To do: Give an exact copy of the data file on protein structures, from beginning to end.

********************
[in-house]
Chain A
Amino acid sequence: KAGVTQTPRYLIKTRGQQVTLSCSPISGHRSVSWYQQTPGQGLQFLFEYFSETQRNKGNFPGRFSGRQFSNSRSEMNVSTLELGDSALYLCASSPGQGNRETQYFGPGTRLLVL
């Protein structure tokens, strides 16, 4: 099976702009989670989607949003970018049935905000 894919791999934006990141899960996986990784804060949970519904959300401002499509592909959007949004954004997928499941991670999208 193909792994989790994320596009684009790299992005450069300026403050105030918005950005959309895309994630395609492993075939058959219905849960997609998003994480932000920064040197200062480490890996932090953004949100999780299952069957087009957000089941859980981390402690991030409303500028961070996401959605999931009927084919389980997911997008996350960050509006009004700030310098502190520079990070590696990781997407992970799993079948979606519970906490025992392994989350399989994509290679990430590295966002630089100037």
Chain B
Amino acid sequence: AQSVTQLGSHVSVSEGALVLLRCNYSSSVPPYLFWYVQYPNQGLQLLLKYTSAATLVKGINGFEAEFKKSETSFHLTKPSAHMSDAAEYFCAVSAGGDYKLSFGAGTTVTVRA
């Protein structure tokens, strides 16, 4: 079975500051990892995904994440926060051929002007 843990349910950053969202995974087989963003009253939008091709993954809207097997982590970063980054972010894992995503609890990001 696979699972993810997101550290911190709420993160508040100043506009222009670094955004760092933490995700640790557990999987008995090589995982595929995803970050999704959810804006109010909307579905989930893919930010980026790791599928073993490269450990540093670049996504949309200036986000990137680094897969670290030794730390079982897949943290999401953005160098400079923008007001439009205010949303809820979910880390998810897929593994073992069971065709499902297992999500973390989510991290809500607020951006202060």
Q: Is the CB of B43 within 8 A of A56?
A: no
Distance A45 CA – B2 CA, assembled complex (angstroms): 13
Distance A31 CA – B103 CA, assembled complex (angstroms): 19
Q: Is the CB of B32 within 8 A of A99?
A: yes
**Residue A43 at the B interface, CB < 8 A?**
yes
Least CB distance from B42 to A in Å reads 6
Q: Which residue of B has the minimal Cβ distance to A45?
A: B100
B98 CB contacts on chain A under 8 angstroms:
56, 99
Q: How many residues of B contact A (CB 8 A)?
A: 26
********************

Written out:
[in-house]
Chain A
Amino acid sequence: KAGVTQTPRYLIKTRGQQVTLSCSPISGHRSVSWYQQTPGQGLQFLFEYFSETQRNKGNFPGRFSGRQFSNSRSEMNVSTLELGDSALYLCASSPGQGNRETQYFGPGTRLLVL
């Protein structure tokens, strides 16, 4: 099976702009989670989607949003970018049935905000 894919791999934006990141899960996986990784804060949970519904959300401002499509592909959007949004954004997928499941991670999208 193909792994989790994320596009684009790299992005450069300026403050105030918005950005959309895309994630395609492993075939058959219905849960997609998003994480932000920064040197200062480490890996932090953004949100999780299952069957087009957000089941859980981390402690991030409303500028961070996401959605999931009927084919389980997911997008996350960050509006009004700030310098502190520079990070590696990781997407992970799993079948979606519970906490025992392994989350399989994509290679990430590295966002630089100037």
Chain B
Amino acid sequence: AQSVTQLGSHVSVSEGALVLLRCNYSSSVPPYLFWYVQYPNQGLQLLLKYTSAATLVKGINGFEAEFKKSETSFHLTKPSAHMSDAAEYFCAVSAGGDYKLSFGAGTTVTVRA
């Protein structure tokens, strides 16, 4: 079975500051990892995904994440926060051929002007 843990349910950053969202995974087989963003009253939008091709993954809207097997982590970063980054972010894992995503609890990001 696979699972993810997101550290911190709420993160508040100043506009222009670094955004760092933490995700640790557990999987008995090589995982595929995803970050999704959810804006109010909307579905989930893919930010980026790791599928073993490269450990540093670049996504949309200036986000990137680094897969670290030794730390079982897949943290999401953005160098400079923008007001439009205010949303809820979910880390998810897929593994073992069971065709499902297992999500973390989510991290809500607020951006202060």
Q: Is the CB of B43 within 8 A of A56?
A: no
Distance A45 CA – B2 CA, assembled complex (angstroms): 13
Distance A31 CA – B103 CA, assembled complex (angstroms): 19
Q: Is the CB of B32 within 8 A of A99?
A: yes
**Residue A43 at the B interface, CB < 8 A?**
yes
Least CB distance from B42 to A in Å reads 6
Q: Which residue of B has the minimal Cβ distance to A45?
A: B100
B98 CB contacts on chain A under 8 angstroms:
56, 99
Q: How many residues of B contact A (CB 8 A)?
A: 26